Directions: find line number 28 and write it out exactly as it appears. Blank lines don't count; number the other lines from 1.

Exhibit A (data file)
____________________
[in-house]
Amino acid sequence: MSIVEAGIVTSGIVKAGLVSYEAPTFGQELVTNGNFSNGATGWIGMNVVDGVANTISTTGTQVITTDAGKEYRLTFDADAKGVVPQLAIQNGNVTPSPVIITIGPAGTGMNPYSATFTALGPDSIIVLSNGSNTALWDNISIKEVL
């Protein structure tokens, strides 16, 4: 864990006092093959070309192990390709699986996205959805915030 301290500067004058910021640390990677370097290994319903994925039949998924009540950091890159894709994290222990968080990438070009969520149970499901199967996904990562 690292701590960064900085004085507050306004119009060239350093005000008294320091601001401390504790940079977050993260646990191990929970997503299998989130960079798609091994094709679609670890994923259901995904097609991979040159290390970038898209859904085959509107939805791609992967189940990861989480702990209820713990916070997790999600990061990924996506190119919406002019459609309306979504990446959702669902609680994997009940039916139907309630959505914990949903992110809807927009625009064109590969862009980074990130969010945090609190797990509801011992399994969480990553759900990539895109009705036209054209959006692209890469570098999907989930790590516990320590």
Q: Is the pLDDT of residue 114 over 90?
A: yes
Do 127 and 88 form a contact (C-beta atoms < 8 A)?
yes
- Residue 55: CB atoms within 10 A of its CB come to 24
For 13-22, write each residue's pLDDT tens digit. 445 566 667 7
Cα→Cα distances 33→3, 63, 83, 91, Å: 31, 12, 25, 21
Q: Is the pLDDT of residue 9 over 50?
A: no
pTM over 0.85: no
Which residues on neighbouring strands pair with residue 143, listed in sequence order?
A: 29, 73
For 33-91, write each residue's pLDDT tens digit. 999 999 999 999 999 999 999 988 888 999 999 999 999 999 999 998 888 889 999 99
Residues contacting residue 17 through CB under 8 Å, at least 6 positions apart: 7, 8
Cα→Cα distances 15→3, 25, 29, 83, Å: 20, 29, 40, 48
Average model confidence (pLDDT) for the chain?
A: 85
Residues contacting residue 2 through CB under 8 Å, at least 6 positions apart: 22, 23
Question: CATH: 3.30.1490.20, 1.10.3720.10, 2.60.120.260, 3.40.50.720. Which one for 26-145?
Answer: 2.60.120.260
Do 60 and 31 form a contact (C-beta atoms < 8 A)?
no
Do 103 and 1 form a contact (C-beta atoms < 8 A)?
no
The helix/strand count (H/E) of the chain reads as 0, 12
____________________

The helix/strand count (H/E) of the chain reads as 0, 12